Scotland’s first minister, Nicola Sturgeon, demanded that Boris Johnson resign, saying he was “apparently not being truthful about his knowledge of these matters”.
A chorus of former ministers and Tory MPs have also deplored the damning revelations as “humiliating”, with the MP for Keighley, Robbie Moore, quoted by The Guardian as saying:
“The email from Martin Reynolds infuriates me. I have no idea what these people were thinking.”
Ex- minister Caroline Nokes said she had “no words” to express her anger at Dowing Street’s “don’t do as I do, do as I say” attitude.
Mark Harper, chair of the Covid Recovery Group, said: “These are serious allegations. The prime minister will be in the House of Commons [on Wednesday] … and I await his explanation with interest.”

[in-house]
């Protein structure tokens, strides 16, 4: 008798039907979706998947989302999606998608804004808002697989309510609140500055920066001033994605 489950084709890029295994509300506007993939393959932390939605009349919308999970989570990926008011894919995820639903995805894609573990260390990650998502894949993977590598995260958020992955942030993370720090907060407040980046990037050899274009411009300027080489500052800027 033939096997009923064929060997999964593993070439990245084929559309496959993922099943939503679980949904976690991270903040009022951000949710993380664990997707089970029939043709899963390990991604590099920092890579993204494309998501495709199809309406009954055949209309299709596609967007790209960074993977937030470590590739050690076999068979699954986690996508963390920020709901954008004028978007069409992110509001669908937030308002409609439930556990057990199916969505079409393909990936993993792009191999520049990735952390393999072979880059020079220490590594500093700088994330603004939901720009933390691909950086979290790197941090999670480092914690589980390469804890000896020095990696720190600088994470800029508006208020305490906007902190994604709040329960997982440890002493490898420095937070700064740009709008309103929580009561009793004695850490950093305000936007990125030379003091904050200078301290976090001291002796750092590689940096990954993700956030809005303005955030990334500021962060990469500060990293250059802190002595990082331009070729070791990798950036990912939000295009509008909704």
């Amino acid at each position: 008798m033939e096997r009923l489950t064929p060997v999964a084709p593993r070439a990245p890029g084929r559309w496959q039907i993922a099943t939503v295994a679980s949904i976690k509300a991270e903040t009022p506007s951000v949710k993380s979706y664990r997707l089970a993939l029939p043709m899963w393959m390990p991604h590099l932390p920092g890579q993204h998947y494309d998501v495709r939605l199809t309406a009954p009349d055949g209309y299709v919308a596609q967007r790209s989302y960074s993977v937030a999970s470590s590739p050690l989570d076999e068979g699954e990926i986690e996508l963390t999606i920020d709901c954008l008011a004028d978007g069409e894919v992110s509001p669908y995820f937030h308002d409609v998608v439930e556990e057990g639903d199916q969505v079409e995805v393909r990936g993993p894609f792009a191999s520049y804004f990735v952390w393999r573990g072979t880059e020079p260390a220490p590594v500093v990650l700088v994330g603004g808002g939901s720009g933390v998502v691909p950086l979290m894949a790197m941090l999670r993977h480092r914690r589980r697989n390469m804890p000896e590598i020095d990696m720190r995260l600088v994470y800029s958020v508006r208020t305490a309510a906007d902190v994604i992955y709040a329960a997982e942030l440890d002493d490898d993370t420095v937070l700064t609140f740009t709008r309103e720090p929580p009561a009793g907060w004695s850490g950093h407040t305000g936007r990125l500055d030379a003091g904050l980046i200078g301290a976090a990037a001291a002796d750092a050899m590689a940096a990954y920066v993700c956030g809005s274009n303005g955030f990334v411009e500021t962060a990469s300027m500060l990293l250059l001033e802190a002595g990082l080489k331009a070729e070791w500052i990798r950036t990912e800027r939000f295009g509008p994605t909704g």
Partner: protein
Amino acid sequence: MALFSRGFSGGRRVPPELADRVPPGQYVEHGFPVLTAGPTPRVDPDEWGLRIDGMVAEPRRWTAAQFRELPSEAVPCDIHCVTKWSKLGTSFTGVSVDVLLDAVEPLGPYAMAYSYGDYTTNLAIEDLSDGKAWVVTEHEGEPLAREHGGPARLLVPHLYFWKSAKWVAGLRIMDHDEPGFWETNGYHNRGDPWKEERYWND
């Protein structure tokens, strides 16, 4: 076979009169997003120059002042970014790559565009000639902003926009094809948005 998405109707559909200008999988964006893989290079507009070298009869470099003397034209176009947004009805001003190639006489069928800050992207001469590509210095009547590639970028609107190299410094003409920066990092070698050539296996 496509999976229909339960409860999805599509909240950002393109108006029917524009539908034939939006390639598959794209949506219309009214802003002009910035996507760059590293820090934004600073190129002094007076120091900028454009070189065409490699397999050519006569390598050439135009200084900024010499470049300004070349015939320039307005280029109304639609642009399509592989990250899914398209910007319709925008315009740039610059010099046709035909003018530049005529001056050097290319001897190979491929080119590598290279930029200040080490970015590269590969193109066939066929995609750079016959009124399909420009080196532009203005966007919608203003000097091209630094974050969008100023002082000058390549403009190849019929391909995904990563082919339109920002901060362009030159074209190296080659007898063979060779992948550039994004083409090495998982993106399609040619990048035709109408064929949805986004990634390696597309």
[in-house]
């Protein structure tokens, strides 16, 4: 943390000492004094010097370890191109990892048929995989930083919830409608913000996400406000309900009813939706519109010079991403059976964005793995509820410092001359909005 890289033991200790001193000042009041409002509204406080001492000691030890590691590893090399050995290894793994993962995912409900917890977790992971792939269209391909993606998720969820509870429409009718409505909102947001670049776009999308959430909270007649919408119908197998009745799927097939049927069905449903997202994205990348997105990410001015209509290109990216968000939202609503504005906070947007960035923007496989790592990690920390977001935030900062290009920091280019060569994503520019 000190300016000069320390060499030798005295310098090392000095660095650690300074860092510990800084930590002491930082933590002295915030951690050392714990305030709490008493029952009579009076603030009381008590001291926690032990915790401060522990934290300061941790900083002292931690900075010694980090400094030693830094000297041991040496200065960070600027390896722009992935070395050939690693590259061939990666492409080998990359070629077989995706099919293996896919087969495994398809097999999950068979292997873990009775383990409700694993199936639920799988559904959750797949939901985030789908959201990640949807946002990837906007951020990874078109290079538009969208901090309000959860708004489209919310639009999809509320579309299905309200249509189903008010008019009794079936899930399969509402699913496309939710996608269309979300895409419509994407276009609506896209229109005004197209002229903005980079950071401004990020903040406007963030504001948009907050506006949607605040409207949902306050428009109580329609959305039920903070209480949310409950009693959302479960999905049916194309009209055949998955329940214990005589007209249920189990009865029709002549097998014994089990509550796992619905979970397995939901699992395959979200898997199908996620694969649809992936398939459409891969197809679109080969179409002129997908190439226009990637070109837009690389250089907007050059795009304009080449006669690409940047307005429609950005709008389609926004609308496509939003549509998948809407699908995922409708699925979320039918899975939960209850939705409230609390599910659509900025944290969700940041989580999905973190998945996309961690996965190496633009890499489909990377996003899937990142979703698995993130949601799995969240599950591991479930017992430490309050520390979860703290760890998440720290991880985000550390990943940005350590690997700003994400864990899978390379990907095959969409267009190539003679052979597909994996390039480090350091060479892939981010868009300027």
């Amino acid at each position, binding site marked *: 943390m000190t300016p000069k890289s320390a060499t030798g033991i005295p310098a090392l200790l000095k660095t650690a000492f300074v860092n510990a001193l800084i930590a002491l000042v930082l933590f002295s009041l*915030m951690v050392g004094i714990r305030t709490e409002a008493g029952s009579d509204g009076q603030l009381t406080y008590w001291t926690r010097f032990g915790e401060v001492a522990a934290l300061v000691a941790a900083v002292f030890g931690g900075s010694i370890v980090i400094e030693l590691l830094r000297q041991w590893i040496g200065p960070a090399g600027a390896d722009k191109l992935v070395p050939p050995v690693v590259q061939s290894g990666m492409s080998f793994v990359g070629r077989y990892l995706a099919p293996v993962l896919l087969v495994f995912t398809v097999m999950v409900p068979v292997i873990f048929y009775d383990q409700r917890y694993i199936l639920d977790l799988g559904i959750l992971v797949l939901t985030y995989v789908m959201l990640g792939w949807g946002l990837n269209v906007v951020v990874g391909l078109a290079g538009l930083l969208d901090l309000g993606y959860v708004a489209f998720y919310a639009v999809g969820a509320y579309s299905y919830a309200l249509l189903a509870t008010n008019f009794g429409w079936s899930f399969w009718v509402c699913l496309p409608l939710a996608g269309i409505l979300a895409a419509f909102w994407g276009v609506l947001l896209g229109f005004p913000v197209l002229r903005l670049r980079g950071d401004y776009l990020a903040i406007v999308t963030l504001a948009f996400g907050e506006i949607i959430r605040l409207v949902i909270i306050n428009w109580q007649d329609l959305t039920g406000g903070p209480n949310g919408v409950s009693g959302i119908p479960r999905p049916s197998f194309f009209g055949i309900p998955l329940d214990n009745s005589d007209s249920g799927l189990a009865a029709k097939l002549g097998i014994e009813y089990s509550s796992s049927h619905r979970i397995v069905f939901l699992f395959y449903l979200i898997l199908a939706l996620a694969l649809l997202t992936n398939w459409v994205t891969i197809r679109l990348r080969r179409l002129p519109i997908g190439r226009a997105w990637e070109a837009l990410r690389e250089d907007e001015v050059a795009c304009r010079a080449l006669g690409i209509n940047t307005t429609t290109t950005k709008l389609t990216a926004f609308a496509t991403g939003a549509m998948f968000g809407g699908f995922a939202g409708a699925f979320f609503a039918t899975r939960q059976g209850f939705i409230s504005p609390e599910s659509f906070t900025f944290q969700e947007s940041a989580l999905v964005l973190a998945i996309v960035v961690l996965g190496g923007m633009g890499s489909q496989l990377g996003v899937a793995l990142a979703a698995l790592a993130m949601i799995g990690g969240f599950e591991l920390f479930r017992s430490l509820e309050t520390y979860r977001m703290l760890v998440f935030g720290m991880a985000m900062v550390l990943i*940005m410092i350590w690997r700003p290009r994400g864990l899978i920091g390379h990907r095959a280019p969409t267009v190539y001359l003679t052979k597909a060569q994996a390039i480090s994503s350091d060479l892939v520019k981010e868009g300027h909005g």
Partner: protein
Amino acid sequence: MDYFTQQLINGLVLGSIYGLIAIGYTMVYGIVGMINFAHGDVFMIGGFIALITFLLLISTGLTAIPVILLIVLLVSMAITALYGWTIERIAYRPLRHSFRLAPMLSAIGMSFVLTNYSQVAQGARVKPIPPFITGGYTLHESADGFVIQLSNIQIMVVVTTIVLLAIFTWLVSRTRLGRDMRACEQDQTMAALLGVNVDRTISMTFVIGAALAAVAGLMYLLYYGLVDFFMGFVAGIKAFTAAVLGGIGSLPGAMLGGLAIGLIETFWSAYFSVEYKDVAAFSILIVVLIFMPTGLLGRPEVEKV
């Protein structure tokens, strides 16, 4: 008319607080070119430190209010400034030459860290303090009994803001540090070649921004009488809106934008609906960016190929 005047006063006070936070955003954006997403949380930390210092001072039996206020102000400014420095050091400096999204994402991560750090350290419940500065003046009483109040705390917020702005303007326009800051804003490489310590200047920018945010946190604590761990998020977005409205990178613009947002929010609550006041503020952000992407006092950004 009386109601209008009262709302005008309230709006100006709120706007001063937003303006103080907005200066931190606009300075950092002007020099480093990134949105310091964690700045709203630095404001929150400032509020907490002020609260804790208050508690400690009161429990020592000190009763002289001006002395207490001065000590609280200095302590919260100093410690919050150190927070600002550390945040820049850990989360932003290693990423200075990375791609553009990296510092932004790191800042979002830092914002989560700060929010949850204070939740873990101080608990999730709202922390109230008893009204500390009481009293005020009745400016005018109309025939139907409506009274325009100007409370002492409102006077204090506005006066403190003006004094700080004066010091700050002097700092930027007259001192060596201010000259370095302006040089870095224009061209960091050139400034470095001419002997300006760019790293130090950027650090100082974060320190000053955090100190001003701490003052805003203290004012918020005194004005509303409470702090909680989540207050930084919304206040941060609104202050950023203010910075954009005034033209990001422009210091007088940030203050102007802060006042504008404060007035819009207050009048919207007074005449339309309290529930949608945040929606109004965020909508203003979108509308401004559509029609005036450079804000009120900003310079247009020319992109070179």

Calls For ‘Proper Apology’
Tory MPs were also cited as expecting Boris Johnson to offer a long-overdue explanation in connection with the allegations at Prime Minister’s questions.
“He should fess up, take responsibility personally, and apologise – not one of these pretend apologies but a proper apology,” an MP was cited by The Guardian as saying.
Another Tory MP revealed that he was disgusted over the scandal.
“I just feel I have been lied to. I just think the whole operation is a liability,” he added.
Yet another ex-minister is said to have warned that the current revelations were “another notch on the dial: we’re moving up the scale from retrievable to irretrievable.”
According to senior Tory insiders, cited by the outlet, in the House of Commons on Tuesday MPs were discussing who could potentially replace Johnson, with one MP saying Chancellor Rishi Sunak could be prime minister within months.